"What I Learned From The Mountains"

 The second post in a series on learning, traveling, and empowerment

Tell the mountain story, they told me.  What is it about those mountains that somehow carved their ridges into my memory in such a way that others request their story’s retelling? 

There are many more who know those mountains and their memory much fuller than I, but I’ll never forget the day I first laid eyes on such high hills – demanding mystery and discovery, enveloping history untold.

Overlooking Lake Tanganyika from Burundi to the Congo and its mountains.

Overlooking Lake Tanganyika from Burundi to the Congo and its mountains.

When I first stepped foot in Burundi, I was twenty-three years old.  I had worked for ForgottenSong for one year, and I had been instructed to leave my team in Uganda for a weekend in a tiny francophone country, a venture that thrilled me with chills and confidence like the day I moved to France in college.  In Burundi I would meet with recommended family and NGO leaders for a potential partnership with ForgottenSong. What was I getting myself into?

Well, I got myself into a lot of poultry-farming discussions in French, into an incredible partnership with an extremely high-level NGO in Burundi, and into the most empowering weekend I’d ever been a part of.


And yet, beyond all of this experience were those mountains.  Those looming, distant silhouetted features beyond the border of Burundi that said,

“Hey, I know your experience to this point is unrivaled; you’ve learned a ton, and you may even have the opportunity to empower a number of people. But there’s more. If you just keep walking in the right direction, you might find yourself within a maze of mystery, a web of hope and kingdom of heaven and people.”

That weekend in Burundi, my “host dad” drove me to the border of Burundi and the Congo for sightseeing.  I didn’t understand why we were going there at first, but it didn't take long for me to catch on.

As I stood at the border, attempting to take photos of the mountains just a few miles away, and as the border guards waved at me angrily to stop (no photos allowed), I soaked in a sobering and profound reality. I stood at the edge of a twenty plus year war in the Congo. 

Those mountains were huge, like the war.  I stood at the edge, anticipating that restoration was coming; and despite the mountains of war and violence past, those mountains could be moved.

That vision has never left me.  The vision of standing at the edge of greatness: great violence and great opportunity.

To me, that greatness and magnificence in the mountains must also have been the hovering reality of a healing God and his kingdom among the mystery, and violence, and hills, and a Congo I can’t claim to know.  The more I travel and meet all these good people, the more I become convinced that the kingdom of heaven is always near and is already among us.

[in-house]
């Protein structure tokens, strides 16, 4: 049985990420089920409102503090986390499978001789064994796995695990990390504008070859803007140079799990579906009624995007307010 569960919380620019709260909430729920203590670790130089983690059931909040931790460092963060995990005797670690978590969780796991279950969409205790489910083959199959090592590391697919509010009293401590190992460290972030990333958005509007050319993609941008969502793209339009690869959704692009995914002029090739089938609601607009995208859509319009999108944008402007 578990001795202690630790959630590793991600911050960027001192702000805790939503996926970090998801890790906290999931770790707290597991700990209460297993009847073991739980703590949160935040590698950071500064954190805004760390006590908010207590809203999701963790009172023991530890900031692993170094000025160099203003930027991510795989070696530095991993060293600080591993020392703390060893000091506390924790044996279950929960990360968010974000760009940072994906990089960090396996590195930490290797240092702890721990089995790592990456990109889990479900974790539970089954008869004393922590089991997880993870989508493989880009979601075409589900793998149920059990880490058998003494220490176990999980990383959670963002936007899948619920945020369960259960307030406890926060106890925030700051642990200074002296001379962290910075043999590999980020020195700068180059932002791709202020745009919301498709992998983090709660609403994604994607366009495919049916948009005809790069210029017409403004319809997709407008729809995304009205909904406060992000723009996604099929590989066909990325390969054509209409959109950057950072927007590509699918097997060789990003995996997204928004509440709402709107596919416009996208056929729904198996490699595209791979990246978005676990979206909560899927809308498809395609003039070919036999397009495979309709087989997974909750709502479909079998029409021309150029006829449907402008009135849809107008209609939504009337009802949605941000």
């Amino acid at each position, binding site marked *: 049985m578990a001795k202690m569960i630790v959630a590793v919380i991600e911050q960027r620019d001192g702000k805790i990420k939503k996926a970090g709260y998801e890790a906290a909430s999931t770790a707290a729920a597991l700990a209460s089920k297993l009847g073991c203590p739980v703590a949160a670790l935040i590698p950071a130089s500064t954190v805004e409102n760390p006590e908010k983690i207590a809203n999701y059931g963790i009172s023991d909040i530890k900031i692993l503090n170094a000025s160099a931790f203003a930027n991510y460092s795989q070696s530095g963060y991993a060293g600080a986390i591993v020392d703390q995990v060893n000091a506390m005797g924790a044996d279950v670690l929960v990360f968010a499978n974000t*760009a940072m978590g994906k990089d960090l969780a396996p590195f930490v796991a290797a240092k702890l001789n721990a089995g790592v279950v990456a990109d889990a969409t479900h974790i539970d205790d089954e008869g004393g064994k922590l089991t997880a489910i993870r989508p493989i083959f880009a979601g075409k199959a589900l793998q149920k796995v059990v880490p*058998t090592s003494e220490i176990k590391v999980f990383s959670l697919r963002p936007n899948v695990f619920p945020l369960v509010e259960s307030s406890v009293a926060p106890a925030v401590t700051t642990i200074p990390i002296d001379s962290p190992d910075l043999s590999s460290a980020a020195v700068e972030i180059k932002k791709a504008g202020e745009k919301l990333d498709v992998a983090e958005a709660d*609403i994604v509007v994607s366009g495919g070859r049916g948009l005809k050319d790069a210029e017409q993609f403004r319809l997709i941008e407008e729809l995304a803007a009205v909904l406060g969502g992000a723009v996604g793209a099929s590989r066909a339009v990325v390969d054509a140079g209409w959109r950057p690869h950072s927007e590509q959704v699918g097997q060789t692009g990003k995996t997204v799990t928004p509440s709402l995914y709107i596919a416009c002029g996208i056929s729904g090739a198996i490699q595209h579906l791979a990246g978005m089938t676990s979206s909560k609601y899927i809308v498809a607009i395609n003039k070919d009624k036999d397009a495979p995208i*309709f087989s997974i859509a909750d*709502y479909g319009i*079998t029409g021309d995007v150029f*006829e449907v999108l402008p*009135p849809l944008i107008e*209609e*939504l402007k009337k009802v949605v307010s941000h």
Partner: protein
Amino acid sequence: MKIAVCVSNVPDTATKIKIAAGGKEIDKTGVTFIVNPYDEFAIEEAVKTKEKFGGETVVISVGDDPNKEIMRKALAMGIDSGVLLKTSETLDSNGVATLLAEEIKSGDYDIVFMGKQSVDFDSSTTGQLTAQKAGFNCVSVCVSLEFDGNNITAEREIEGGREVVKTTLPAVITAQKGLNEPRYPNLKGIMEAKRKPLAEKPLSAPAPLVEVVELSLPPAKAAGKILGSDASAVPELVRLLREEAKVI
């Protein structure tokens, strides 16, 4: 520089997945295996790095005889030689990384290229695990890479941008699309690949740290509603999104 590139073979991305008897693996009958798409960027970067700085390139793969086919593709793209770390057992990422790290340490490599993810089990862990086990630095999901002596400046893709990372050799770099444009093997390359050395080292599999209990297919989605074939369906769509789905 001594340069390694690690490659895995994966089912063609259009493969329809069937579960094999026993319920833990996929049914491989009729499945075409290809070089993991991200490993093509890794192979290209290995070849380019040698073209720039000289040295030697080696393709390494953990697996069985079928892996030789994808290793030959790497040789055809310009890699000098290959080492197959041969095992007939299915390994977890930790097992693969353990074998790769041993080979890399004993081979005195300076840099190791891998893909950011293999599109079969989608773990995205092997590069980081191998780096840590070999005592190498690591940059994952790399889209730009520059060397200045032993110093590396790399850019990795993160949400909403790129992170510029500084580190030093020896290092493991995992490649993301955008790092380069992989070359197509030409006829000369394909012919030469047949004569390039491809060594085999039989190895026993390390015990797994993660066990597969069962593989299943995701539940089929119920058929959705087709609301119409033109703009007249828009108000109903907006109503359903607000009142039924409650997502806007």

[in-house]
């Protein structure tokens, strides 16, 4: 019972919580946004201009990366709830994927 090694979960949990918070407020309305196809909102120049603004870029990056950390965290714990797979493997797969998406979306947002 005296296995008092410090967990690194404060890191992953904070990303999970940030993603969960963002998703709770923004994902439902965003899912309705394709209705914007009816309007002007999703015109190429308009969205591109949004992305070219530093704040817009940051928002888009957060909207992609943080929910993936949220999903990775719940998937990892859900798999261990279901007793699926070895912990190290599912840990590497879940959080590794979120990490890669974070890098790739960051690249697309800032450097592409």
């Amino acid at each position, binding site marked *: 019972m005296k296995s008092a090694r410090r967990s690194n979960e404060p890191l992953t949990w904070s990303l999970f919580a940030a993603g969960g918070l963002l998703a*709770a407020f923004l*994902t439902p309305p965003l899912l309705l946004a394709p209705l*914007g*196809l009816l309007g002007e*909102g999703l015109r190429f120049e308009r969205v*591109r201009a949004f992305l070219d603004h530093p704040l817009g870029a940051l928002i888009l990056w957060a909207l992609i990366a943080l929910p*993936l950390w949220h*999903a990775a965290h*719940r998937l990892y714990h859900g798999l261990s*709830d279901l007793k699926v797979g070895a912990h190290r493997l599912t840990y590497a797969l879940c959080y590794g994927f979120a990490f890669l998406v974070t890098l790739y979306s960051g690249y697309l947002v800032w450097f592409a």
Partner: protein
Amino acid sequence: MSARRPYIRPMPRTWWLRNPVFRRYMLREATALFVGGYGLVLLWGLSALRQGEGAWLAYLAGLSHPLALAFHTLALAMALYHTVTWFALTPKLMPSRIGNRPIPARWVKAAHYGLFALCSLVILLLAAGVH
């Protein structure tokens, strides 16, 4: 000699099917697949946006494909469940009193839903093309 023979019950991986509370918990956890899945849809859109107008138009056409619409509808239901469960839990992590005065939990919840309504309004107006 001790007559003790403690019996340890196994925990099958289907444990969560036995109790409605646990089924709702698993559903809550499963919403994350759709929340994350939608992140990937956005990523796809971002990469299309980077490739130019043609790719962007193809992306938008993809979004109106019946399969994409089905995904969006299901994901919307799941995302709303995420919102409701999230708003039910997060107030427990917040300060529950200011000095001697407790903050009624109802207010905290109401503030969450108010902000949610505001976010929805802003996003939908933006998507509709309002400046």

The kingdom is already marching in the mountains among the hungry and beaten child soldiers; the kingdom is blossoming in the hearts of those who are rescuing them; and the kingdom of heaven is pressing in at all corners of the earth, calling its own “soldiers” to bring life from death.

To restore families and educate teenagers, to sustain communities through microfinance and goat farming, to move mountains of injustice from one corner of the earth to the other.

For two years I carried this vision in my heart, having an overwhelming sense of patience and peace that this vision of hope would come to fruition because it was not my own.  


Stars align (or whatever you want to call it), they did.  Not much later one of our Ugandan partners told us he had connections in the Congo and wanted to help us extend our empowerment efforts there.  And not much longer after that, I received a seemingly random email from a Congolese non-profit organization, AJDC

Someone had recommended them to us, and they reached out.  They worked with former child soldiers, were rescuing them off of the mountains where they lived so those youth could find new lives and be given the opportunity for education, jobs, new and hopeful lives. 


Almost exactly two years after I stared into those mountains, I stepped foot in the Congo and drove to the base of those militia inhabited hills to assist in bringing armed children off of them.  


What I've learned is that almost nothing is impossible.

There actually are people all around the world in tough, violent places that have shoved their plows into the dirt, cultivating life and hope from ashes.  


And mountains move.

-Lauren Blanco